Posts Tagged ‘Tax’

Tax officials suggest many wait until April 3 to file

March 25th, 2014

Minnesotans entitled to share in $49 million of new individual income tax breaks should wait a week and a half to file tax returns, state revenue officials say.

“It will allow them to get their refunds quicker,” Assistant Revenue Commissioner Terri Steenblock said Monday.

If taxpayers who qualify for one of 10 new breaks file returns now, Revenue Commissioner Myron Frans added, it could be months before they get their refunds. If they wait to file until April 3, tax officials expect software and tax preparers to be ready to handle law changes state legislators and Gov. Mark Dayton approved Friday.

April 15 remains the income tax deadline.

On Friday, Frans urged people to wait until Monday to file returns if they might qualify for new tax breaks. On Monday, he and Steenblock said that waiting for everything to be ready is in the best interest of taxpayers and their department.

Steenblock said that even if taxpayers wait until April 3 to file, “we cannot guarantee every software vendor will be able to update their software.”

After April 3, she said, taxpayers filing returns electronically via software that does not include updates from the new law will be notified quickly that their returns were rejected. Returns will not be rejected if filed before April 3, but any refunds due taxpayers could be delayed for months.

Frans said he hopes to have a better idea Thursday about how long his department will need to finish the work reviewing tax returns for missed breaks.

In many cases, Revenue Department employees hope to make changes themselves and increase refunds for those who qualify, without taxpayers taking any further action.

In other cases, the department will notify taxpayers they must file an amended return to take advantage of the law.

“This is a very complex task we are undertaking,” Steenblock said.

Steenblock said the Revenue Department is working to change tax forms and instructions and briefing software venders on the changes. Next, she said, internal department processes will be updated, eventually followed by the department reviewing returns already filed to see if taxpayers may qualify for the new tax cuts.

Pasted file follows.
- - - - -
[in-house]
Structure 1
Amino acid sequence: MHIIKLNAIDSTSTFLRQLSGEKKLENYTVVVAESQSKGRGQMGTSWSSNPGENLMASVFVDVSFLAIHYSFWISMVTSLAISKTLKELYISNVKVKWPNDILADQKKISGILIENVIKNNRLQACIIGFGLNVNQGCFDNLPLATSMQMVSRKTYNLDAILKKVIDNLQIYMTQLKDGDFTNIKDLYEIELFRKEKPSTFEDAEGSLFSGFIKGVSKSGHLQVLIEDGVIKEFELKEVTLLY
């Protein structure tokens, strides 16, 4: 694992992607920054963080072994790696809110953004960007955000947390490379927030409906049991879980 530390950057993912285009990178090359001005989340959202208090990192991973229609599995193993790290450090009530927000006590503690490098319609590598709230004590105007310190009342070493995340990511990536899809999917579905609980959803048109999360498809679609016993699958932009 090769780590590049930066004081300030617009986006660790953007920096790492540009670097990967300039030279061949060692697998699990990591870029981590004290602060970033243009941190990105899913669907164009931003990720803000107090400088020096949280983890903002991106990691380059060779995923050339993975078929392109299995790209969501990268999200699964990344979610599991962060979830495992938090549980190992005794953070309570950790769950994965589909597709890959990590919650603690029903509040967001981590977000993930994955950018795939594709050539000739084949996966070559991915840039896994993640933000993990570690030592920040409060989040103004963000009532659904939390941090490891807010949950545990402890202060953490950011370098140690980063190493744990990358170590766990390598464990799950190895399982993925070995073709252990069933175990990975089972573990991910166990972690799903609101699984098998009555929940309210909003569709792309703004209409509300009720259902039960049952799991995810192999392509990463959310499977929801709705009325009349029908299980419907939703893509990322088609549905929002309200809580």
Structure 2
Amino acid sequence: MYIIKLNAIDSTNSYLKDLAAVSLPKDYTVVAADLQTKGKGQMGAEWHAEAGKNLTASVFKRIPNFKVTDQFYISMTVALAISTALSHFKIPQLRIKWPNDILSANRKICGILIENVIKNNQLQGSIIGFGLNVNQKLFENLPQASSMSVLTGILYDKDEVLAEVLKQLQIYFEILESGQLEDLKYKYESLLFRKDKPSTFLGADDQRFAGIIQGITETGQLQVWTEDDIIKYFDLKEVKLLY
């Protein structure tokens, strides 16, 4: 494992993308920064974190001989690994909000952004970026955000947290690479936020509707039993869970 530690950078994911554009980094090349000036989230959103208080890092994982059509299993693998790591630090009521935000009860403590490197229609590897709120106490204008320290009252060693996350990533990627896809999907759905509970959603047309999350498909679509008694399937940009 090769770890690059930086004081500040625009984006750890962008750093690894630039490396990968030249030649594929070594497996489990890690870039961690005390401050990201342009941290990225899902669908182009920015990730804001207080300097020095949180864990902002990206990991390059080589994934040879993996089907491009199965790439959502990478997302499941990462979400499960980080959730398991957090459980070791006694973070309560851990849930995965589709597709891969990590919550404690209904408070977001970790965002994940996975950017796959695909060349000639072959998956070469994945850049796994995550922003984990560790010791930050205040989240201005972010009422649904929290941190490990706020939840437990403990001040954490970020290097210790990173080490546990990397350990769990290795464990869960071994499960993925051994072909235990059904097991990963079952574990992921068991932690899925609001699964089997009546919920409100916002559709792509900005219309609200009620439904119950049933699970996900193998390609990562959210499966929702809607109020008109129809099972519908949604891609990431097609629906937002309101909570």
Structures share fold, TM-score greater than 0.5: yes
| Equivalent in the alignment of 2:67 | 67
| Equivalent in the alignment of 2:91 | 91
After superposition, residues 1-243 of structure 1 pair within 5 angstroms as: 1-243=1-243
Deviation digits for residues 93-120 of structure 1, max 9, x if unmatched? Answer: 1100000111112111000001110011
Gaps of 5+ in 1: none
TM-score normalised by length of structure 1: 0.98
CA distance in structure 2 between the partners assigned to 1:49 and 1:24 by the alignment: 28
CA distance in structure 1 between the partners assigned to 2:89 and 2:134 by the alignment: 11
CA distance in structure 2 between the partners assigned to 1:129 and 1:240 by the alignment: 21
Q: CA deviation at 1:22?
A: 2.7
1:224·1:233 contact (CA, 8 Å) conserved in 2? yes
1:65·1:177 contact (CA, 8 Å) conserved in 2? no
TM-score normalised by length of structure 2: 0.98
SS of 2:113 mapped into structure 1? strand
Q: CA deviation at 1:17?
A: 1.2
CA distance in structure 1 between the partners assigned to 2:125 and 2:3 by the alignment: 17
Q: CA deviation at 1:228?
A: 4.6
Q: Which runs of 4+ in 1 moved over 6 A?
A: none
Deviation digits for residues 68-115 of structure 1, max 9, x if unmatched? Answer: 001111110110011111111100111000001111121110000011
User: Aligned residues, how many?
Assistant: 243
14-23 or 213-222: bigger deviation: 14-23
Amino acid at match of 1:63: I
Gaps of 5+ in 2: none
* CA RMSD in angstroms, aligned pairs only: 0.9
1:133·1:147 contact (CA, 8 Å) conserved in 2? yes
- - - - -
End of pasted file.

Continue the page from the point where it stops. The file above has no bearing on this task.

The tax bill lawmakers passed and Dayton signed on Friday set aside $1 million for the department to undertake the job.

While tax cuts overall amounted to $443 million, just $49 million of them affect individual income tax returns being filed now.

“About 1 in 10 taxpayers probably will be able to benefit,” Frans said, meaning that up to 275,000 people will split the $49 million in new tax breaks.

Taxpayers who do not qualify for the new tax breaks can go ahead and file returns now.

Frans said that he expects Minnesotans to have a lot of questions, so his department is increasing the number of operators at its call center: (651) 296-3781 and (800) 652-9094.

Minnesotans will benefit from two tax changes when filing returns next year, Frans said.

A working family credit for people earning up to $40,000 a year was expanded a bit this year, but Frans said that it expands much more next year.

Also, he said, about half of Minnesota taxpayers will benefit next year from a change in how the state treats married couples. The change comes when the state conforms to federal law that gives married couples a tax break.


Free Online Tax Software Offers for Nonprofits

February 7th, 2014

Small nonprofit organizations who need to file a Form 990-N can do so for free using Aplos Software, the company has announced. Prior year returns can be filed for $19.99 each.

Form 990-N is a short electronic return for organizations whose annual receipts are normally $50,000 or less. Aplos e-File takes the tax-exempt organization through the form step-by-step, provides relevant tips and guidance, and ensures that all needed information is included. When complete, Aplos e-File submits the return electronically to the IRS and provides a copy of the return for their records.